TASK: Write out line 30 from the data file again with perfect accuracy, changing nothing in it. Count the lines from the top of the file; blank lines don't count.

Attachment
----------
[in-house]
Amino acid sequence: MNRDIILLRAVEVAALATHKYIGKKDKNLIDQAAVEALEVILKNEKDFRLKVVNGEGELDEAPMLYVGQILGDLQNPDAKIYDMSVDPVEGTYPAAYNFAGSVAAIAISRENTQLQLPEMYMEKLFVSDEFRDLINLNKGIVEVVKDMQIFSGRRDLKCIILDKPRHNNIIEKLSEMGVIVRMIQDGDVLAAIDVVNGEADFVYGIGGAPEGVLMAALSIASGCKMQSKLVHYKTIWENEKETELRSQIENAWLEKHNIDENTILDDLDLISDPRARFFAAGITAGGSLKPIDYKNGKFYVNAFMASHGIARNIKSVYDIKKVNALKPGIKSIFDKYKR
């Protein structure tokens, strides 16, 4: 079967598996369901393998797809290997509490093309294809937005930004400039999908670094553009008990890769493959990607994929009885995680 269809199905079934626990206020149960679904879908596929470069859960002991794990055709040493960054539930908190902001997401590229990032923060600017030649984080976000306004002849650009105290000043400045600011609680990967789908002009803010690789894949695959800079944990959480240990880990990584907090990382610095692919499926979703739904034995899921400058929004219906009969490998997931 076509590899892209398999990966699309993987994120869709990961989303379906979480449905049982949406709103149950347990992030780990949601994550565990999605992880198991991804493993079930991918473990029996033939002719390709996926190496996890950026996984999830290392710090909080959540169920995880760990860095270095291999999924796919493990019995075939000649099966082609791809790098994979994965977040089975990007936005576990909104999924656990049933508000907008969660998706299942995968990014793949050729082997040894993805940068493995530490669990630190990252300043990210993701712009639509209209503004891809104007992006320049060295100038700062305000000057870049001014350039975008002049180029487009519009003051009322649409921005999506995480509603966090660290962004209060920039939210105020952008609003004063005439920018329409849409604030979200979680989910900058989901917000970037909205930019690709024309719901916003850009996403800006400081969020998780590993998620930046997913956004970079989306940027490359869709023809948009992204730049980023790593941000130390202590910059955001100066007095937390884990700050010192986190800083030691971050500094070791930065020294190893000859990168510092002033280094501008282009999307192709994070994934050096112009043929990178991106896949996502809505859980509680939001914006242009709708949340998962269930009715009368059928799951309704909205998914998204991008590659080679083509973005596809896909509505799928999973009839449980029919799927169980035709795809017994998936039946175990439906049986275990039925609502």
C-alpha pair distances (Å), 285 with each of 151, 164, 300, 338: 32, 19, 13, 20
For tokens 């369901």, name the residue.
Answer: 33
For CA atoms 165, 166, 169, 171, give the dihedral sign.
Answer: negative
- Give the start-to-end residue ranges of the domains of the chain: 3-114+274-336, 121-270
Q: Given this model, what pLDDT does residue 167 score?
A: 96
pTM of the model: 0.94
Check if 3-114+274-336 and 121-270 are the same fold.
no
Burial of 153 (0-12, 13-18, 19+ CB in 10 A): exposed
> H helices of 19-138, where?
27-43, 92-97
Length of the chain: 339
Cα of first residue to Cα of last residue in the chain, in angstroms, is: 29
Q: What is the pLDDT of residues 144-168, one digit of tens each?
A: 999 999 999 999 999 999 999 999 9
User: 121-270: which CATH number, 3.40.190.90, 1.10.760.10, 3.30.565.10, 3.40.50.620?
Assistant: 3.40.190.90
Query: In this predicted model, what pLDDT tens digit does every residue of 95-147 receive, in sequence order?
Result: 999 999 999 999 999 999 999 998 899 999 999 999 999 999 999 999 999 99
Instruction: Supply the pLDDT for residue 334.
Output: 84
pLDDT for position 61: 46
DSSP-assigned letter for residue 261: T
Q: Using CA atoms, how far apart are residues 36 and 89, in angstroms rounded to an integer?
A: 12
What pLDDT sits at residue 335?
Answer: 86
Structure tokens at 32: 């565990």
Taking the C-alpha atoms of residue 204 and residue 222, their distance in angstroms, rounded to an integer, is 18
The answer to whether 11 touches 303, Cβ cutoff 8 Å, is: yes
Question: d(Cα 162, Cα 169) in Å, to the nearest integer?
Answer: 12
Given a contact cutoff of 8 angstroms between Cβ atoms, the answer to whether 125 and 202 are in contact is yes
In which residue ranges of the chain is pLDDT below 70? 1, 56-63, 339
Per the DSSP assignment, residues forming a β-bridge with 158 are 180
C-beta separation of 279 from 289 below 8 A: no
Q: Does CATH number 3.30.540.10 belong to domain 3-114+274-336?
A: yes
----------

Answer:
Q: Using CA atoms, how far apart are residues 36 and 89, in angstroms rounded to an integer?